Matt suggests that writings like Richard Dawkins' The God Delusion make many religious Americans regard science and scientists as alien enemies. Of course we wouldn’t want Dawkins teaching high school biology in
“Gathering of Top Scientists Marred by Lack of Conflict” is a not a story headline I’d want to have to pitch to any news desk in
How exactly is this bad for public understanding of science? Science will be personally meaningful to the religious insofar as it has something to say about their deepest cultural beliefs. Saccharine rhetoric about "shared values" may fare better, but I'm aware of no compelling empirical evidence that it is. I find it at least as plausible, if ironic, that the presence of science-religion agonists in public debate makes accommodationists better known and liked, which in turn get them more news pegs.
Come to think of it, what is a news peg, anyway? Maybe it's what you hang a frame on.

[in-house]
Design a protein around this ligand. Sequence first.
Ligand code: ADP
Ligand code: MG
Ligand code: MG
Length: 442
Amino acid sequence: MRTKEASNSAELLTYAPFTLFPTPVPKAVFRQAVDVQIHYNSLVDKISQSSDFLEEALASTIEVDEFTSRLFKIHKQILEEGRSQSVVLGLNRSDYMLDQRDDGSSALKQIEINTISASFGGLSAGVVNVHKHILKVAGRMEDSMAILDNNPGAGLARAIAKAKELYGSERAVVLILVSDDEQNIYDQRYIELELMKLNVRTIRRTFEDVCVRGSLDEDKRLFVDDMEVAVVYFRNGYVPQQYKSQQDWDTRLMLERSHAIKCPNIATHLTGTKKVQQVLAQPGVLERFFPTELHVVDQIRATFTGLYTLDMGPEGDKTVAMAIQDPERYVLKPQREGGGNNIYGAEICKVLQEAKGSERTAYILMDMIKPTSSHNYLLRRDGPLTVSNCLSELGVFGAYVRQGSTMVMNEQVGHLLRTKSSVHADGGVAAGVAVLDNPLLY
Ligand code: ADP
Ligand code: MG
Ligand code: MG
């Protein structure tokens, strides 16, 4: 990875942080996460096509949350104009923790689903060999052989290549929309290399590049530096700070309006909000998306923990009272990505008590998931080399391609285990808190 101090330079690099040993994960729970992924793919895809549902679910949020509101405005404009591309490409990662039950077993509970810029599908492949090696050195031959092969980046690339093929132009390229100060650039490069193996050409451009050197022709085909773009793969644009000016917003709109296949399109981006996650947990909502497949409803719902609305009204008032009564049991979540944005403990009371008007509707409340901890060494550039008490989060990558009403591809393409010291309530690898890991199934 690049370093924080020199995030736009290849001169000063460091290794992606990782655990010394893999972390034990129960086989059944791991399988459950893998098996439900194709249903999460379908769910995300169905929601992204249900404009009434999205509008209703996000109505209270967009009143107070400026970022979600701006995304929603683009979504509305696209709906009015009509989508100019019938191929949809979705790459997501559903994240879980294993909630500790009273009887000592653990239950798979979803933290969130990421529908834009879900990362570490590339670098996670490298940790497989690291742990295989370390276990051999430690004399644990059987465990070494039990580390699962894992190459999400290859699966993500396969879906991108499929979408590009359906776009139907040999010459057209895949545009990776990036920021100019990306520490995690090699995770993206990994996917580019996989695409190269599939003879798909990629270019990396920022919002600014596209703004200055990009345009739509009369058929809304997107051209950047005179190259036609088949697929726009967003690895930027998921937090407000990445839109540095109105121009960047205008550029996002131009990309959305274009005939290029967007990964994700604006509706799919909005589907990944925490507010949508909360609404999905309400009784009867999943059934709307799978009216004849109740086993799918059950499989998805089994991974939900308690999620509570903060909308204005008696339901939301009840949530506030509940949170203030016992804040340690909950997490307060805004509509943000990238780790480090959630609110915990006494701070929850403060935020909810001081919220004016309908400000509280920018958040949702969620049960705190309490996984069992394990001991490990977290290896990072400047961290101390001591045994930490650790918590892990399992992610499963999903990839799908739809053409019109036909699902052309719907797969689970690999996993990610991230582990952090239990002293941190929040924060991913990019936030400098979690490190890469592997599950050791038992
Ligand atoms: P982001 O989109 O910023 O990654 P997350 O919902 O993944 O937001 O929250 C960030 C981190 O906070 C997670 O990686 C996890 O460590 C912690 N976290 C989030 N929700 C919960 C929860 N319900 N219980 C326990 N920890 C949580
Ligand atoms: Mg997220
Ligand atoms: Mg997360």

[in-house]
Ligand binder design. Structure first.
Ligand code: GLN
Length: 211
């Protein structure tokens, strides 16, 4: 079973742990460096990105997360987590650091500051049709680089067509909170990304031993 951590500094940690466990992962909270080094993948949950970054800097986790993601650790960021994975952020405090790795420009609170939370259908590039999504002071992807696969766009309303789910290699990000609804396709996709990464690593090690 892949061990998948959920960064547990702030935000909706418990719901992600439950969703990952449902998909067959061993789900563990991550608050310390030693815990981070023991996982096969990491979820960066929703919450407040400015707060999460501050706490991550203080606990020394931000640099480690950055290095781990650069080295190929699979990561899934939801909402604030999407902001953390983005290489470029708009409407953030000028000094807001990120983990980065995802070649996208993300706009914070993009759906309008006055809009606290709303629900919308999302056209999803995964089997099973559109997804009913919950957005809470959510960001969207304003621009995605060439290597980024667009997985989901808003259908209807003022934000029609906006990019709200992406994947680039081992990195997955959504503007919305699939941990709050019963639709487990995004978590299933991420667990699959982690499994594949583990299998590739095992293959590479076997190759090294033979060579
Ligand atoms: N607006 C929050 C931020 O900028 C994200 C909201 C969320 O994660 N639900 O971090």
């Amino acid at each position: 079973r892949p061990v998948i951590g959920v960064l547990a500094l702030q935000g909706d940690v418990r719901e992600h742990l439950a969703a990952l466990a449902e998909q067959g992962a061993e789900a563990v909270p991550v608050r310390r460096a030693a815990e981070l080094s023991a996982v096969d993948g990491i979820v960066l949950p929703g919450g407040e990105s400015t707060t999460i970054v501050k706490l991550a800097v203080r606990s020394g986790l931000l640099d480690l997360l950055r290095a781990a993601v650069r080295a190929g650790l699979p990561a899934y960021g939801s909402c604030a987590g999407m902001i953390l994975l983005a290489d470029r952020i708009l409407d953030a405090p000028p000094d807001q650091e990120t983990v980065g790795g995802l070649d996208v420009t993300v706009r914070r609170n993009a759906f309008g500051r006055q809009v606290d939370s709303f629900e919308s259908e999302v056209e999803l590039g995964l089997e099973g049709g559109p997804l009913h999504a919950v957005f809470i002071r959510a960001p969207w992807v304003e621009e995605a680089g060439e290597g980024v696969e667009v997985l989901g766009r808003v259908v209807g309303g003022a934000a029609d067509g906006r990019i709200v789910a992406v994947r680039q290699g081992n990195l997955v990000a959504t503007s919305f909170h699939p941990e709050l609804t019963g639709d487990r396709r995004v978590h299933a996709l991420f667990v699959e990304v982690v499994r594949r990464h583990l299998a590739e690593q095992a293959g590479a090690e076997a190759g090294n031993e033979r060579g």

10 February 2008
Last year I saw Hitchens on panel discussion at BookExpo
At the BookExpo, Hitchens appeared perfectly comfortable with the designation of his newfound genre. Standing up to the microphone, he began his talk, “If one cannot be erect, at least one can be upright.” And why shouldn’t God is Not Great do well by the religion market? I would venture that this literary intellectual is more comfortable there than in the Science section, where the entire New Atheist crew is stationed at the Barnes & Noble at
The Secular Conscience is not an atheist book (whatever that means), and I hope it won't end up in that section, esteemed though the company would be. Still, I've been wondering what the new categories imply about the ordering of our thinking.